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Archaeologists discover a lost world of 417 ancient Mayan cities buried in a remote jungle, connected by miles of ‘highways’, reports WaPo


A view of a Mayan temple at the archaeological site of El Mirador in the jungle of Peten, Guatemala, August 24, 2009.Reuters/Daniel Leclair

  • Guatemalan scientists have discovered “the world’s first freeway system”, reports the Washington Post.

  • Archaeologists have found that the ancient Maya built 417 cities interconnected by 110 miles of “highways”.

  • Historians need to rethink what they know about the ancient Maya civilization.

Guatemalan scientists have discovered “the world’s first freeway system”, reports the Washington Post.

In an interview with the Post, researchers from a joint US-Guatemalan archaeological study published in Cambridge University Press in December said they had discovered 417 towns dating back around 3,000 years, interconnected by 110 miles of “highways”.

This discovery forces historians to rethink what they know about the ancient Maya civilization. The discovery of a network of roads and towns, water systems and agricultural infrastructure suggests that communities living in Central America were now more advanced than expected, reports the Post.

According to the article, these results reflect “socio-economic organization and political power”.

The Lost World dates back to 1000 BC in the pre-classic era of the Maya, who were previously considered a nomadic hunter-gatherer society.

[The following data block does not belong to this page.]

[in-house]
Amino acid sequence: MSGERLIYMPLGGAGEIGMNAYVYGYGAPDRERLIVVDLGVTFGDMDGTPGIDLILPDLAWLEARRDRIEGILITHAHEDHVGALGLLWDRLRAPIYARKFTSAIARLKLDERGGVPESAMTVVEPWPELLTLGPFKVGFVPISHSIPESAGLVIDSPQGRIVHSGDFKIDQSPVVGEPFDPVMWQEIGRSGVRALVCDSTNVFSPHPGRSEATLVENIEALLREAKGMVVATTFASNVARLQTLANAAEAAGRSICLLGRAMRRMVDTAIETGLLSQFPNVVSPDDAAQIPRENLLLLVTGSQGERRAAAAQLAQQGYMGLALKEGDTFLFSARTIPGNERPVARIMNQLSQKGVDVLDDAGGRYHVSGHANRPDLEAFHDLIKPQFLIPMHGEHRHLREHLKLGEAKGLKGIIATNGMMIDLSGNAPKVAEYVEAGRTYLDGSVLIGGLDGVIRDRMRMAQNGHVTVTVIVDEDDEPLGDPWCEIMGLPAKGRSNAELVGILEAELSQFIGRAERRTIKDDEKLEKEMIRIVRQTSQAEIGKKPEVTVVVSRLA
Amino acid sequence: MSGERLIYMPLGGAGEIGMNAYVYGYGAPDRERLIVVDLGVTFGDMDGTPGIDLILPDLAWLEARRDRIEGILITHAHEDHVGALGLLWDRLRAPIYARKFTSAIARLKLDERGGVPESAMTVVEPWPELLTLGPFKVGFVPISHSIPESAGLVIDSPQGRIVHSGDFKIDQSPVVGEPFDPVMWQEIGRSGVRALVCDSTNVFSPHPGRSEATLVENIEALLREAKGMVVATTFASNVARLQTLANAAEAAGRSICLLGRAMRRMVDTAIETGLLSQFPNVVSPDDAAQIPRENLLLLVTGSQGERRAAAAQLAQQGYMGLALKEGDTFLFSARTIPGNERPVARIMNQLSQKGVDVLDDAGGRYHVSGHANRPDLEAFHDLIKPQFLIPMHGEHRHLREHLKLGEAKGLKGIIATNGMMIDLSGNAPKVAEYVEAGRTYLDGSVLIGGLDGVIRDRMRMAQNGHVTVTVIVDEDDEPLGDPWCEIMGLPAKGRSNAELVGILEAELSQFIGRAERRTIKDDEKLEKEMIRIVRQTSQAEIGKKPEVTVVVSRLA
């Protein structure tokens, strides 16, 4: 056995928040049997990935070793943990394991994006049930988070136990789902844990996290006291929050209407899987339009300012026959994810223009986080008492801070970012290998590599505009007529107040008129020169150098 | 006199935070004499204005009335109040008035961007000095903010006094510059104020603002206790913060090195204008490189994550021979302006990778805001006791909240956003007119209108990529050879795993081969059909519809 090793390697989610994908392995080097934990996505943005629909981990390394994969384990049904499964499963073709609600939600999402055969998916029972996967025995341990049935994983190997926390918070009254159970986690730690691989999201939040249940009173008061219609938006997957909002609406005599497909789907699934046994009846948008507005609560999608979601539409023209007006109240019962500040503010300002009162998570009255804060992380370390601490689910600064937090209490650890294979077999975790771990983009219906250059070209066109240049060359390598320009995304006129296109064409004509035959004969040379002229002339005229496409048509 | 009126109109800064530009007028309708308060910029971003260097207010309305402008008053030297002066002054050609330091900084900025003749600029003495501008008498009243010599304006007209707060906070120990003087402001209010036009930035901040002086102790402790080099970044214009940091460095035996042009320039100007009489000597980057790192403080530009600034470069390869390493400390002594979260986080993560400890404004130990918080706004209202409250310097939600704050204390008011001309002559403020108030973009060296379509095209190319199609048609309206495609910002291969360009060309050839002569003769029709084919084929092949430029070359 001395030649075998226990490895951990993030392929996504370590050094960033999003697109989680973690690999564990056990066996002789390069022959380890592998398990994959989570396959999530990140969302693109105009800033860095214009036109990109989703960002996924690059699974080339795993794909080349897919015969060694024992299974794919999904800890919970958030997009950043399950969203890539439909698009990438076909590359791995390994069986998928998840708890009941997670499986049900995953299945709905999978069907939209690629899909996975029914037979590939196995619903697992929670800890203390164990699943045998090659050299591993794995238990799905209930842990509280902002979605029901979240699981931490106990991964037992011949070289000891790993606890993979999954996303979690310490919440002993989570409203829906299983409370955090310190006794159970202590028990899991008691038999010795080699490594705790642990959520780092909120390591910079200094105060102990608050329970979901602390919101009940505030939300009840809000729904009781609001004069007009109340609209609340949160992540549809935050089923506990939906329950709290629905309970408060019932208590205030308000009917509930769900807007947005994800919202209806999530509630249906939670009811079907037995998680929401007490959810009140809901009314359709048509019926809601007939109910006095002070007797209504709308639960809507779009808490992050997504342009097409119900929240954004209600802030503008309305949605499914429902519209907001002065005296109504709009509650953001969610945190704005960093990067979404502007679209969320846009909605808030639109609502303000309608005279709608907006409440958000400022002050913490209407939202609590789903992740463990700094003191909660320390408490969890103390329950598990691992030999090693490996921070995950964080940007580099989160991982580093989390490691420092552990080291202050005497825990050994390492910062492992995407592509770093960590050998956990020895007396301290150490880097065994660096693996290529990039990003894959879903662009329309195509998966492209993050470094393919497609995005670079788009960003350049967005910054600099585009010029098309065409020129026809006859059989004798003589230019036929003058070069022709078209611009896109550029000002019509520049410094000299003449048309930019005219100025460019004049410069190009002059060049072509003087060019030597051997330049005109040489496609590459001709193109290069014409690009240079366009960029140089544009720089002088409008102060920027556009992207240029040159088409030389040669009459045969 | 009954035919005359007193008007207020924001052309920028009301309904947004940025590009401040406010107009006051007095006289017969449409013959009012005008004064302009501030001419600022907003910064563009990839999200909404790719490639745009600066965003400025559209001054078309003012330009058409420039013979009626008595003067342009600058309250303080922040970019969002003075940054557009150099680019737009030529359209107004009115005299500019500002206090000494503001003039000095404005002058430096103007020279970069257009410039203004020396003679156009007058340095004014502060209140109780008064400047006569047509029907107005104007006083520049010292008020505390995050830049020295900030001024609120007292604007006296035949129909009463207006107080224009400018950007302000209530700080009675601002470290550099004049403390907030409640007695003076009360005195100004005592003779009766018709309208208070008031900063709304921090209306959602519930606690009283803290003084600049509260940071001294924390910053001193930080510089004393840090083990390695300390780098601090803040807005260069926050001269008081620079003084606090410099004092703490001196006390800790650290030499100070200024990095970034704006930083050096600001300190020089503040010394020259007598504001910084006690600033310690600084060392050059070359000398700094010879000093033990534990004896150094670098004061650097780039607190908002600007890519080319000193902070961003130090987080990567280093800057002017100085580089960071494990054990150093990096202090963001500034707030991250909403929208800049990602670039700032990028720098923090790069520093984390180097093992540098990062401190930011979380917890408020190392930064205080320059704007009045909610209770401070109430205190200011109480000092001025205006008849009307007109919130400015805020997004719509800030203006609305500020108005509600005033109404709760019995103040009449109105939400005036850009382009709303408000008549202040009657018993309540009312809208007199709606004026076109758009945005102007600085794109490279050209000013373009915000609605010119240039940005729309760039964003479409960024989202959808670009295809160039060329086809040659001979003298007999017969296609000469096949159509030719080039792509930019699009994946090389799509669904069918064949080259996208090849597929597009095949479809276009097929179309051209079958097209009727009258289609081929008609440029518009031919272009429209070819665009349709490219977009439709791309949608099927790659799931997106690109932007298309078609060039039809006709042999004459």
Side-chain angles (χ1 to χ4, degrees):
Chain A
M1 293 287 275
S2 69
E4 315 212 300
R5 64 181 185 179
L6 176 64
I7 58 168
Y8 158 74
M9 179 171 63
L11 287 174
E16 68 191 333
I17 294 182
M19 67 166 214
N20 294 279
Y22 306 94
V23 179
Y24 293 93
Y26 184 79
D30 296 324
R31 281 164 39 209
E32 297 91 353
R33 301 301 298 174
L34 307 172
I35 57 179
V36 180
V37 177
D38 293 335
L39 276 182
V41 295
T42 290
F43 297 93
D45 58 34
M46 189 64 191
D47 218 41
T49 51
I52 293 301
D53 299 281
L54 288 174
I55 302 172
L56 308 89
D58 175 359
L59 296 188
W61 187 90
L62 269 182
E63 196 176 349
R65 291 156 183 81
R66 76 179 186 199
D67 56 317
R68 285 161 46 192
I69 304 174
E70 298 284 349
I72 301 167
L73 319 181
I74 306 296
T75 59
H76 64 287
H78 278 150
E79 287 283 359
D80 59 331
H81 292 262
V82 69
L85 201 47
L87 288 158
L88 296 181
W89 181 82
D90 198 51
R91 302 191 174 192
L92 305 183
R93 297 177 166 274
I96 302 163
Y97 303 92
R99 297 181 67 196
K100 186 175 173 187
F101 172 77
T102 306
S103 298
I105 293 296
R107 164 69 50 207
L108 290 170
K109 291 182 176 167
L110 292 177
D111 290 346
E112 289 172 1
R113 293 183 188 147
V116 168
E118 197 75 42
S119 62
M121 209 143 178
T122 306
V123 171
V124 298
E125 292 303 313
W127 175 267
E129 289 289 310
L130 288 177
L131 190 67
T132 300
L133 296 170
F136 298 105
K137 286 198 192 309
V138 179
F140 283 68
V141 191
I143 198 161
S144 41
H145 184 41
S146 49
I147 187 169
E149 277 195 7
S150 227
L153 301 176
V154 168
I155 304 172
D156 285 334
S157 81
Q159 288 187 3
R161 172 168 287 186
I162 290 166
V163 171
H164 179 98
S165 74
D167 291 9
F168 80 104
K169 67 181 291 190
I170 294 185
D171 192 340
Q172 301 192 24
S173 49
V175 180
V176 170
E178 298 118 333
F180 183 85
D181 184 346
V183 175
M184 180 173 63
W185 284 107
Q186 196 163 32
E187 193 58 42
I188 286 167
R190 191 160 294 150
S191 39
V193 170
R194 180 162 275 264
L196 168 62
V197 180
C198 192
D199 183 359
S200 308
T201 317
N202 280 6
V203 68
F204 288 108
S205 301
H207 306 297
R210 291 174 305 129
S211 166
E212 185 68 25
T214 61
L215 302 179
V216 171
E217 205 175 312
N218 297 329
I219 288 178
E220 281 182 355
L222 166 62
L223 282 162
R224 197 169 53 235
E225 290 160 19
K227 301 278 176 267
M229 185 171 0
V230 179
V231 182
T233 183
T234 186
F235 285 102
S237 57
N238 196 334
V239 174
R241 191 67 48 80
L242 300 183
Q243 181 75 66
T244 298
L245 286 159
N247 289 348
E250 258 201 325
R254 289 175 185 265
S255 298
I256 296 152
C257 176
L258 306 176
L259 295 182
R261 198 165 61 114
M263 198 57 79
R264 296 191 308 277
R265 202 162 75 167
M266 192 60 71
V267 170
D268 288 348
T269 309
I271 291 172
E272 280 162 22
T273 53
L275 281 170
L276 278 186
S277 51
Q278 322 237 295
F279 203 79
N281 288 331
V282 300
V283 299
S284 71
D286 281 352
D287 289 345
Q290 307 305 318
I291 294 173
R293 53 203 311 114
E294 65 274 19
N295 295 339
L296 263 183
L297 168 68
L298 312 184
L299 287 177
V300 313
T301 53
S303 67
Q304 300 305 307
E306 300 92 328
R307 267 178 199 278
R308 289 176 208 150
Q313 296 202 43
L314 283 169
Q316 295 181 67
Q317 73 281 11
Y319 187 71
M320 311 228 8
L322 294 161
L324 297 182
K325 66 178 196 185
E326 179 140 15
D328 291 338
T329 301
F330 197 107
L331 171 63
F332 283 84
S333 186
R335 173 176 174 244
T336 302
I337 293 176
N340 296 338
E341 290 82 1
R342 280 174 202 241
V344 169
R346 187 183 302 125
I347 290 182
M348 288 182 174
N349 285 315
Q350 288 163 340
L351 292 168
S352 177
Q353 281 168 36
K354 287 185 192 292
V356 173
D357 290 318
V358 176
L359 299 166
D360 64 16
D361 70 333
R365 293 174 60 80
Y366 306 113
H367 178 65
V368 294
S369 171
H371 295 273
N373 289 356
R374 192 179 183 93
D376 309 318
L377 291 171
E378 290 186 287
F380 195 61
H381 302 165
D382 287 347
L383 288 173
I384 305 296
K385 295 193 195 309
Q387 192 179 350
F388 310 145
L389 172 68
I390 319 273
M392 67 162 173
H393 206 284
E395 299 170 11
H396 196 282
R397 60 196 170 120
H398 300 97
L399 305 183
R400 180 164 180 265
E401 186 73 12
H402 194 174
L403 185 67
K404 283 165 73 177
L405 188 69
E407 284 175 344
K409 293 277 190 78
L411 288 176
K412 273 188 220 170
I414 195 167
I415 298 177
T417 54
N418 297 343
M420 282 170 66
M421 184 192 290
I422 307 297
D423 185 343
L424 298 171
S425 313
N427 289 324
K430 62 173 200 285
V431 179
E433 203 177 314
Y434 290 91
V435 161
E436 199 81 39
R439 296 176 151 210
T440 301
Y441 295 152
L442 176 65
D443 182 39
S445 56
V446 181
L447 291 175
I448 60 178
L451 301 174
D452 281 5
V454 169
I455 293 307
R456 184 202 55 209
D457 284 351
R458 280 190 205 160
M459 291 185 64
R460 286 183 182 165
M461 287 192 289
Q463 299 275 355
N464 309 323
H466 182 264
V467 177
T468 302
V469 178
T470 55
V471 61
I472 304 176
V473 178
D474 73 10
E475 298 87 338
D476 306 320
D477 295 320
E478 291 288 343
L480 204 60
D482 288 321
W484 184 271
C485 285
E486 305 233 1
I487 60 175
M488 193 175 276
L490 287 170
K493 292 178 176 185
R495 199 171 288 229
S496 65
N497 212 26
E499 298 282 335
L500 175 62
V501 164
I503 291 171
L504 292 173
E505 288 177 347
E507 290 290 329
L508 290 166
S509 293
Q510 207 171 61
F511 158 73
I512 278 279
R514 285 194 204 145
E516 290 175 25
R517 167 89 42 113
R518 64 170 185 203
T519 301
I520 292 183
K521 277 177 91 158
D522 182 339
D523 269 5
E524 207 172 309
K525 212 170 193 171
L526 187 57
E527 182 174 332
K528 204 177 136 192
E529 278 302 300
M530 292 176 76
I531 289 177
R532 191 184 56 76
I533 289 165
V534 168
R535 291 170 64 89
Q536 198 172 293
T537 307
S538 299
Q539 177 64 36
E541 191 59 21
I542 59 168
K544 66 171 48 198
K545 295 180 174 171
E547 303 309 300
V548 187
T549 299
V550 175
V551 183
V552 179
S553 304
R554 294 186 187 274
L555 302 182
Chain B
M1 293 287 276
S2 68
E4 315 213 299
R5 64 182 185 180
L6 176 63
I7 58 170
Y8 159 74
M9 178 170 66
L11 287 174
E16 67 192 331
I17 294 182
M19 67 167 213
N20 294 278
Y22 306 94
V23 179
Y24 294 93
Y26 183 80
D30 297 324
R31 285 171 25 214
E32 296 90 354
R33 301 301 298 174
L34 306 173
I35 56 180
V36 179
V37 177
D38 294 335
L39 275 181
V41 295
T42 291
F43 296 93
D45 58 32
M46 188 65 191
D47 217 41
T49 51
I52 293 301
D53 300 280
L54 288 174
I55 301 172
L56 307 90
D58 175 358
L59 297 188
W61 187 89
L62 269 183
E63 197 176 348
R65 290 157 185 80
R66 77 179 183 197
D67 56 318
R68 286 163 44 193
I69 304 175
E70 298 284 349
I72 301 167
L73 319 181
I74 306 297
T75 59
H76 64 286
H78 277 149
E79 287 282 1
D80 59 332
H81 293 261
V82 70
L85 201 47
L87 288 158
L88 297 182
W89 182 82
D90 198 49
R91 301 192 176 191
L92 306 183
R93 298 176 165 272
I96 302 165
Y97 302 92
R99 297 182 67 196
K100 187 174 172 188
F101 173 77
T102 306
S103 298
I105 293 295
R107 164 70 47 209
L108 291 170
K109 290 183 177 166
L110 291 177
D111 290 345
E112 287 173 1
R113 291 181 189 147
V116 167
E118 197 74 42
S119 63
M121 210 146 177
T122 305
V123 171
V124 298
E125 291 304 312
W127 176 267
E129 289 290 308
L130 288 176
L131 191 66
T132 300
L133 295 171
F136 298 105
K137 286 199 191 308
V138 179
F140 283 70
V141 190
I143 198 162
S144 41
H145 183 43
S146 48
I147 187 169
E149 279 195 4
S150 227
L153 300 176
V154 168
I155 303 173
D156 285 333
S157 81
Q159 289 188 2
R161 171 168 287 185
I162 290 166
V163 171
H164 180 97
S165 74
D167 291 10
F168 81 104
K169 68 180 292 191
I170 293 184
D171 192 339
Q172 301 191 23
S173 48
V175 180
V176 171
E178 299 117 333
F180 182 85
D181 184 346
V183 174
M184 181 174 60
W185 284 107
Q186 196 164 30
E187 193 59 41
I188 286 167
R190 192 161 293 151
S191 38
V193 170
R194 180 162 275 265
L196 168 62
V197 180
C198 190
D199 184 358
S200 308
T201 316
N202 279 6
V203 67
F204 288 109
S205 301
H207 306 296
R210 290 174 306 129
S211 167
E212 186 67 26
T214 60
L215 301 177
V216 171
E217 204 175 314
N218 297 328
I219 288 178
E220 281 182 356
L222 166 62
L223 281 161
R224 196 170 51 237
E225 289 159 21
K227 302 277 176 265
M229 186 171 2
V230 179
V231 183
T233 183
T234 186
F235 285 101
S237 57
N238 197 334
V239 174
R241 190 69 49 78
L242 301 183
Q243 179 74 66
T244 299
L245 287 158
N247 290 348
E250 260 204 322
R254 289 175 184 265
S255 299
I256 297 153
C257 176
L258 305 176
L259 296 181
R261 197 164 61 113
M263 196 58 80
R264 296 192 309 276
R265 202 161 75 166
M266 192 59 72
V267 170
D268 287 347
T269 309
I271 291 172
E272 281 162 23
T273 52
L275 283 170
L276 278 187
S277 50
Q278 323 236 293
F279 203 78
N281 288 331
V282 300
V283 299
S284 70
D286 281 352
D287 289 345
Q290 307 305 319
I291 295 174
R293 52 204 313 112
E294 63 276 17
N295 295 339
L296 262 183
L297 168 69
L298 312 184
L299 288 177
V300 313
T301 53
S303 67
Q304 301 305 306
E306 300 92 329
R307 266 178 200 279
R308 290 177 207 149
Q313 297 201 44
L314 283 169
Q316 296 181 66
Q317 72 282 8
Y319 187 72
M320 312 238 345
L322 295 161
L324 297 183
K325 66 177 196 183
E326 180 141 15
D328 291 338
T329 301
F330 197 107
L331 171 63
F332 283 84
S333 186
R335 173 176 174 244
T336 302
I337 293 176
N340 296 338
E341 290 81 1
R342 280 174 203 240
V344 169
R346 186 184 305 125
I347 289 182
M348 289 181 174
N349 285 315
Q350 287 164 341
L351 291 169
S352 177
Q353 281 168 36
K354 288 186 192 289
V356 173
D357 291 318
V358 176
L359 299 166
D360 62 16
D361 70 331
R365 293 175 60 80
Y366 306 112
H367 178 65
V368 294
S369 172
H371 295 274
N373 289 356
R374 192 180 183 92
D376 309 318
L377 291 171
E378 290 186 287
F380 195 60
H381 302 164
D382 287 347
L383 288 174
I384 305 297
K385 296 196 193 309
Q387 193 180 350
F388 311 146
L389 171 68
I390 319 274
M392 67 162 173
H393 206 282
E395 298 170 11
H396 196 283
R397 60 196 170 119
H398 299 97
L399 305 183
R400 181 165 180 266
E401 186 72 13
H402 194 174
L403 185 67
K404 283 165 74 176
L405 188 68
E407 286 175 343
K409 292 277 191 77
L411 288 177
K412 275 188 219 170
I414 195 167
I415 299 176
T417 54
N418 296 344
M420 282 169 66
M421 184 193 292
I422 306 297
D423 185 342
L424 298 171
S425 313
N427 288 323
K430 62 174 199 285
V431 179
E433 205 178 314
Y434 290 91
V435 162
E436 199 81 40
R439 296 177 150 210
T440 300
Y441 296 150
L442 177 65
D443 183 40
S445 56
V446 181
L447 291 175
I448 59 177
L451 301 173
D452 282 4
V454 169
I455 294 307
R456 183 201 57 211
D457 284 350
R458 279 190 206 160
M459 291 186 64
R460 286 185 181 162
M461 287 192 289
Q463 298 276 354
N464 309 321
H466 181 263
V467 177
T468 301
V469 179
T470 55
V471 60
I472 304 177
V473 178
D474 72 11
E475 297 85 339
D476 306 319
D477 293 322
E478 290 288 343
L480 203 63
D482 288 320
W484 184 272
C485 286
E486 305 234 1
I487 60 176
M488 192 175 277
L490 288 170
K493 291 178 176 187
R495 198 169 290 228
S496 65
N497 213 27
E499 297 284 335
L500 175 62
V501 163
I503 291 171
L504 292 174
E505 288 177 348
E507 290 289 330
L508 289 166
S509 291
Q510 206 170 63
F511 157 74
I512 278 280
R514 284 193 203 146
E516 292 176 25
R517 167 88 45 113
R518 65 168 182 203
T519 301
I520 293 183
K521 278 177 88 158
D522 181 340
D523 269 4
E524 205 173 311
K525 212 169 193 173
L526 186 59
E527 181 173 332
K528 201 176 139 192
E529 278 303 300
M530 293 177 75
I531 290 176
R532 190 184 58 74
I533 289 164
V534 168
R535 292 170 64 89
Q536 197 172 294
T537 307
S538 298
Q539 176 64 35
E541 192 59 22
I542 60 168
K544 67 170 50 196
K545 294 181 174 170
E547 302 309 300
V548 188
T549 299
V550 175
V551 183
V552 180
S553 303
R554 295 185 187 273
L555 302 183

This find in the jungle region of El Mirador in southern Guatemala is “a game-changer,” Richard Hansen, the study’s lead author and affiliate research professor of archeology at Idaho State, told The Post. University.

The find is in a remote tropical jungle on the border between Mexico and Guatemala. It’s only accessible by helicopter for a challenging 40-mile hike through dense rainforest, filled with jaguars and snakes, the Post said.

We now know that the Preclassic period was a period of extraordinary architectural complexity and sophistication, with some of the greatest buildings in world history having been constructed during this time,” Hansen said.

The findings uncovered “a whole volume of human history that we’ve never known,” he told the Post.

The team, made up of scientists from the United States and Guatemala, has been mapping regions of Central America since 2015 and has used lidar technology – a key archaeological laser mapping technique – to reveal the finer details, such as the old vegetation.

This allowed scientists to see ancient dams, reservoirs, pyramids, platforms, causeway networks and even ball fields, according to the study.

Archaeologist from the University of San Carlos in Guatemala City and co-author of the article, Enrique Hernández, told the Post that after additional work on this project, he could have as much influence on a historic discovery. than the Egyptian pyramids.

Read the original article on Business Insider

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